Hun Ohm: Beware attempts to capitalize on someone else’s celebrity
Your beloved hometown hockey team has made a surprising deep run through the playoffs, and it’s been riveting to behold. What’s more, an unlikely journeyman, Andy Athlete, has emerged as a scoring machine, bringing your team back from the brink of elimination to the cusp of a championship.
He has captured the nation’s imagination, and his popularity is soaring. During this streak, he’s adopted a nickname to describe his cool and uncanny ability to spot opportunities on the ice.
The Cold Score. The crowd chants it. The TV announcers repeat it. At post-game interviews, it’s all they talk about.
You, too, are looking for opportunities, and you think you’ve found it. A new business selling The Cold Score merchandise. Realizing that timing is everything, you rush to file a trademark application to register the trademark for “The Cold Score” for some classic goods — T-shirts, duffel bags, and sweatshirts. You are going to make it big riding The Cold Score’s wave of popularity, and you can’t wait to reap the rewards of your quick thinking and actions. What could stand in your way?
Here’s one — the US Patent and Trademark Office, also known as USPTO. The USPTO frowns upon unauthorized usages of an individual’s name, portrait, signature or other indicia of that person. In light of the national renown that The Cold Score has garnered over the playoff run, an attorney at the USPTO might reject your application based on this position.
For example, your application might be rejected because the mark consists of a nickname identifying a particular well known living individual whose written consent to register the mark is not of record. The rationale here is that use of The Cold Score in connection with your products will be associated with Andy Athlete because he is so well known that the public will reasonably assume a connection.
Thus, the USPTO will require evidence of Andy Athlete’s written consent for you to register The Cold Score with the USPTO, which consent you will most likely face difficulty securing.
In addition, your application might be rejected because the mark consists of matter which may falsely suggest a connection with a famous individual. Given the widespread use of The Cold Score in connection with Andy Athlete, consumers would presume a connection to him if they see the “The Cold Score” on the goods identified in your application; however, there is no actual connection. Another no-no in the USPTO’s eyes.
The case of the NBA basketball star Jeremy Lin is instructive. When Lin rose to prominence coming off the bench in early 2012, “Linsanity” swept across the US as well as abroad. Along with that buzz, numerous applications were filed with the USPTO by entities looking to ride the crest of his fame and notoriety. While the various applicants may have had high hopes of robust sales and immediate market recognition when the applications were filed, each application has since been refused registration by the USPTO, or expressly abandoned by the applicant.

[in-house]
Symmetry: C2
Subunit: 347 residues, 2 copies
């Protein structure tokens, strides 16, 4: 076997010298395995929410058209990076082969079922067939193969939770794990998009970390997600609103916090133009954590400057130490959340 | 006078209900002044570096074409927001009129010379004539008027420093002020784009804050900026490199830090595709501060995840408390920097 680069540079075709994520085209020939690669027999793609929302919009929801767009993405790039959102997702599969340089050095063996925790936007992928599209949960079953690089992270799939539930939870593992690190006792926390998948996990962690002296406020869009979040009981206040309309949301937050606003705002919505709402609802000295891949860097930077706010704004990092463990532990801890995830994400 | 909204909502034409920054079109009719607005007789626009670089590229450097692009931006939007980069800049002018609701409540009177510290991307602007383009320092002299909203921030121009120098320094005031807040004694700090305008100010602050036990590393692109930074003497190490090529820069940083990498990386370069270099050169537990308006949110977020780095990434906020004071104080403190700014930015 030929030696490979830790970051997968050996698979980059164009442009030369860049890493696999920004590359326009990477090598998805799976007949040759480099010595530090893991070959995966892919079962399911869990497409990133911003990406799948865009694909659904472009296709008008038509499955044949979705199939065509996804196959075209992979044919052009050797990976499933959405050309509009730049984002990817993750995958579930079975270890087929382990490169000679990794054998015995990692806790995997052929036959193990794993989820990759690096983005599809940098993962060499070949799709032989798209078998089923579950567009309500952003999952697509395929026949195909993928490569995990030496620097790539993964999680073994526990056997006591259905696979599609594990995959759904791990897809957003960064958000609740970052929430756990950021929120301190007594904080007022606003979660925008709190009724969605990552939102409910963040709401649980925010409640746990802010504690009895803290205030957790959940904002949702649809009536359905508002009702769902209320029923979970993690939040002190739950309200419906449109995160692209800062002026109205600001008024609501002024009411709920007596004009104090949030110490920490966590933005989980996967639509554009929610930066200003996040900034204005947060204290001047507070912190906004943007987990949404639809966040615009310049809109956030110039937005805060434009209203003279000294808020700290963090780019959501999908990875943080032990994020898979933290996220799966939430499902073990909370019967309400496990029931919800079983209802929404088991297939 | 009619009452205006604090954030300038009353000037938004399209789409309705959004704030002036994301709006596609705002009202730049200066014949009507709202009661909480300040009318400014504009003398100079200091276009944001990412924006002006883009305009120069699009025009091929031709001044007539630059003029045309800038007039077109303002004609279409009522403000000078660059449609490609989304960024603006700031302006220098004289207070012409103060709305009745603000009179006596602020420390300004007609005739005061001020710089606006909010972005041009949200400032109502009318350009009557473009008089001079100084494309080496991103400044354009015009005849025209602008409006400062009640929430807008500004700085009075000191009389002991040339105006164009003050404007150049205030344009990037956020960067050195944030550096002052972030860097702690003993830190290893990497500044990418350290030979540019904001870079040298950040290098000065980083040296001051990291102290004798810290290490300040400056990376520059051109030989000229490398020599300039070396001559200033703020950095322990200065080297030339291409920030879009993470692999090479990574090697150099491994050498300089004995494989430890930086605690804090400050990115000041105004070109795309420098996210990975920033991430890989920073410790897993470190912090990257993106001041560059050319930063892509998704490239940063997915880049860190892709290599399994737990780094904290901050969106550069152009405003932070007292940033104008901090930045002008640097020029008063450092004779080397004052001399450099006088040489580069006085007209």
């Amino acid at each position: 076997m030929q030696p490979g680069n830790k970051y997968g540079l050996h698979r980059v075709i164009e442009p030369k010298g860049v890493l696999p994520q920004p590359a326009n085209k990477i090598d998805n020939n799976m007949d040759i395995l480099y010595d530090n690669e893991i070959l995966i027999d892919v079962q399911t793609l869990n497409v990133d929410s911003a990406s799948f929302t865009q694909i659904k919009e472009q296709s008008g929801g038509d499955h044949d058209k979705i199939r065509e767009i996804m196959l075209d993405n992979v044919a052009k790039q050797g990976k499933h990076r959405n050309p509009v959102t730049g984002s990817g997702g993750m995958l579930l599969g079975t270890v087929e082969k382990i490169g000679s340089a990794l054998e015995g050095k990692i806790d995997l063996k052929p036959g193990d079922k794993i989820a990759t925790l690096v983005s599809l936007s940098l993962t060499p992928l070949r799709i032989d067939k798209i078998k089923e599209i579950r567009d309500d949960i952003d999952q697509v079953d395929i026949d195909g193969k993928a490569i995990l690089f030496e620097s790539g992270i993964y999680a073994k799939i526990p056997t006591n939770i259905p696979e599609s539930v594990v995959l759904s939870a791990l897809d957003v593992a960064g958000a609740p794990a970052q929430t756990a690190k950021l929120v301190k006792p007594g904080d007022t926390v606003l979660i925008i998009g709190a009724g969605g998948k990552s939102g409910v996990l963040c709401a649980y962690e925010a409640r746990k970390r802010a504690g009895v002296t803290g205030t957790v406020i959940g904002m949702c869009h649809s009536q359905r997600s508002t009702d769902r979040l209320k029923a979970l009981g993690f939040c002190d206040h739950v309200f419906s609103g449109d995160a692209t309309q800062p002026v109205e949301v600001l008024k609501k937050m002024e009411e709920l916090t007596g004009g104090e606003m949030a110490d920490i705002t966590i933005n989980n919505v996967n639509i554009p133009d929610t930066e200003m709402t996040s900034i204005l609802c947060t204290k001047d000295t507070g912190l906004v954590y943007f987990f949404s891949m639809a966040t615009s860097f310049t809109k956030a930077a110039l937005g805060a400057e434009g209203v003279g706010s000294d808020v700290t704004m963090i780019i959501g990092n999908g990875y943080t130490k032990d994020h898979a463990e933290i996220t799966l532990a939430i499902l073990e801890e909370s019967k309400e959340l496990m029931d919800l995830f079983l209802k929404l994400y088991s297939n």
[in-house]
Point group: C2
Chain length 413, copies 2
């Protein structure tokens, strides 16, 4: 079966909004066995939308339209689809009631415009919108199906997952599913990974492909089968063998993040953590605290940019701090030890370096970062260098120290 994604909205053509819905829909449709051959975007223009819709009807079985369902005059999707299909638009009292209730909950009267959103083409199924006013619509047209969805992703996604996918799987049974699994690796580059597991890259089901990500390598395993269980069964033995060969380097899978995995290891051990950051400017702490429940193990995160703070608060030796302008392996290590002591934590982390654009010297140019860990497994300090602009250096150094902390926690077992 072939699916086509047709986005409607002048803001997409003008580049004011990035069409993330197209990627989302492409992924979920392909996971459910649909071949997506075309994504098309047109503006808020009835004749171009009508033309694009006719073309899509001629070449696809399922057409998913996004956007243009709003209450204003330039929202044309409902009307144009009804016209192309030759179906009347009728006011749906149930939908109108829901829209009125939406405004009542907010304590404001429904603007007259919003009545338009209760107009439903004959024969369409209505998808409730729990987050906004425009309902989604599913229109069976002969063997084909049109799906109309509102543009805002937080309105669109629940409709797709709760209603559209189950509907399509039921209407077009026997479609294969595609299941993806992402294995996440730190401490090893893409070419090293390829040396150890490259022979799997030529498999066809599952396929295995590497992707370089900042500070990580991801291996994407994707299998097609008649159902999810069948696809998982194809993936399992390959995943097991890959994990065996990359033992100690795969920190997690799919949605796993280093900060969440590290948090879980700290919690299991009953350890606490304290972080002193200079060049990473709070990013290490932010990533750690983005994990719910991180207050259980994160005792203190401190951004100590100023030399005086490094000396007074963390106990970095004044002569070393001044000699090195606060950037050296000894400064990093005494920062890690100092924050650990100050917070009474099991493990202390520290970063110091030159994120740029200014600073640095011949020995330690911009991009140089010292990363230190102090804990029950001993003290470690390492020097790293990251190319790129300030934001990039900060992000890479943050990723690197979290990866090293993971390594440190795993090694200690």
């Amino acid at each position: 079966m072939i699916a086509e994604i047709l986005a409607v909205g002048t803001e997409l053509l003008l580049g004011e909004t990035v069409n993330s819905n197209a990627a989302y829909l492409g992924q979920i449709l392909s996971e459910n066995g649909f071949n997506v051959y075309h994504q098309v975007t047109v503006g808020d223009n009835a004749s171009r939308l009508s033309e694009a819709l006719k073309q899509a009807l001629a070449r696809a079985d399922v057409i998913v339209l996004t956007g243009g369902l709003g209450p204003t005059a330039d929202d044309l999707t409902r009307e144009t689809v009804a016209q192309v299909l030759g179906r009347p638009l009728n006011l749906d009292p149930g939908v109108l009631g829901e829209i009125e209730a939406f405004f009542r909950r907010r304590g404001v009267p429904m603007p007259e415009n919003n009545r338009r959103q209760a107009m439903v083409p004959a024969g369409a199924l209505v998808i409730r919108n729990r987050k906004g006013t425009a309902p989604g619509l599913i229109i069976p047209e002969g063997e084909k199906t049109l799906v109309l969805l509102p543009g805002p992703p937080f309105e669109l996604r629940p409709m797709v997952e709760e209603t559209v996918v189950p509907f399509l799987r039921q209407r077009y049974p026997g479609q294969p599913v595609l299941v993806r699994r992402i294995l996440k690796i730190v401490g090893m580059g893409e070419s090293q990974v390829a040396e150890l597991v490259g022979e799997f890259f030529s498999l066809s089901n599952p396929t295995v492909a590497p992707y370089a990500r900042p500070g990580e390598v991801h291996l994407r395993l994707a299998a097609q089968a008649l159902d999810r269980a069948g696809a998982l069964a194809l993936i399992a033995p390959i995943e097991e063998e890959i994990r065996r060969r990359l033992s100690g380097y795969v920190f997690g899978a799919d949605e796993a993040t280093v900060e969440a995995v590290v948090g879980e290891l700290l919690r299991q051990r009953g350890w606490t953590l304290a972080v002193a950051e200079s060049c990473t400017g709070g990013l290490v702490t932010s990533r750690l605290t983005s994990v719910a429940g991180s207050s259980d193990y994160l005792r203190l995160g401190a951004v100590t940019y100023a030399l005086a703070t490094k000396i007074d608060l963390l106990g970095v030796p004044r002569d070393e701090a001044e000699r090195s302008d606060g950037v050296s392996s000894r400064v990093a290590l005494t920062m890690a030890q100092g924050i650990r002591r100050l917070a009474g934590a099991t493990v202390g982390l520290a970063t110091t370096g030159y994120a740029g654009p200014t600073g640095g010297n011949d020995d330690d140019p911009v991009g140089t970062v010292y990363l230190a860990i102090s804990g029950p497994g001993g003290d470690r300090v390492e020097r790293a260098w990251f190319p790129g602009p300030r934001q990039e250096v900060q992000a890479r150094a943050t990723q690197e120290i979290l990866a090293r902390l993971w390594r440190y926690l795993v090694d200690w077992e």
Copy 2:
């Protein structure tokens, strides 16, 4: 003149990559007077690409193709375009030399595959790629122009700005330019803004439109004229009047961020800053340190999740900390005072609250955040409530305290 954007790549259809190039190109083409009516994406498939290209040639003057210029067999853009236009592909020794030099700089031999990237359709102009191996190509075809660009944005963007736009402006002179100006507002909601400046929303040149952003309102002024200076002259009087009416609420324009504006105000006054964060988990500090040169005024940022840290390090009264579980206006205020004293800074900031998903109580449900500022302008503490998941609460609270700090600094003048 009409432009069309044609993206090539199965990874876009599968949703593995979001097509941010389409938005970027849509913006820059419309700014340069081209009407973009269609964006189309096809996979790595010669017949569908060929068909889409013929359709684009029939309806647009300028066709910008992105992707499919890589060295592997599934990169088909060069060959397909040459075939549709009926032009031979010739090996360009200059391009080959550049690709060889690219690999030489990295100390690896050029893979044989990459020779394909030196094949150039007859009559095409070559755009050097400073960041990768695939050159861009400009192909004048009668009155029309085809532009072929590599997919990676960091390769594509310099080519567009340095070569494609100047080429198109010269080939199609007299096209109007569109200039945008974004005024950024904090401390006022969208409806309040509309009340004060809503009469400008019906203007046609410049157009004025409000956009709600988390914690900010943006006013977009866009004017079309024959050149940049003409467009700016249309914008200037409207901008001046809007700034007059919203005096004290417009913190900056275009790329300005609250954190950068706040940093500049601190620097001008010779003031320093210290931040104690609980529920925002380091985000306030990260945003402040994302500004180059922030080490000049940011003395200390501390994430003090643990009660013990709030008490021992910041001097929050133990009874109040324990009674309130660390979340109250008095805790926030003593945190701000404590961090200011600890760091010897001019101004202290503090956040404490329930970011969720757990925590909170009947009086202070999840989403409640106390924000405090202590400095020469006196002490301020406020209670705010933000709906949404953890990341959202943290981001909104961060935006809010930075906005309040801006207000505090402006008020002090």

Outside of the complications that occur in the USPTO realm, people who try to capitalize on the fame of individuals could likewise be found to violate the right of publicity. While the laws governing the right of publicity vary from state to state, the right of publicity will generally enable someone such as Andy Athlete to protect and control the commercial use of his or her name, likeness and identity. So, if you are looking to commercialize The Cold Score as a brand, you risk running afoul of Andy Athlete’s right of publicity as well, and could find yourself on the receiving end of a legal slap shot from his representatives.
The fact that you are an enthusiastic fan, or that you are the first in line to try to commercialize a famous athlete’s nickname, may not carry the day with the USPTO or in a dispute between you and the famous athlete. Indeed, while the lure of quick and easy market recognition, big sales and big opportunity may seem like money in the bank, there is a wealth of pitfalls awaiting you. It may be better for you to remain in the stands and simply cheer The Cold Score on as a fan than to step on the ice and pursue his fame.
Hun Ohm is a partner in the Entertainment/Intellectual Property Group at Fierst, Kane & Bloomberg LLP in Northampton. He can be reached at: email@example.com.
This material is provided for general information purposes only. It is not intended, and should not be regarded, to be legal advice. Transmission of this information is not intended to create and does not establish an attorney-client relationship. If you have a specific issue or question, you should seek legal advice from legal counsel.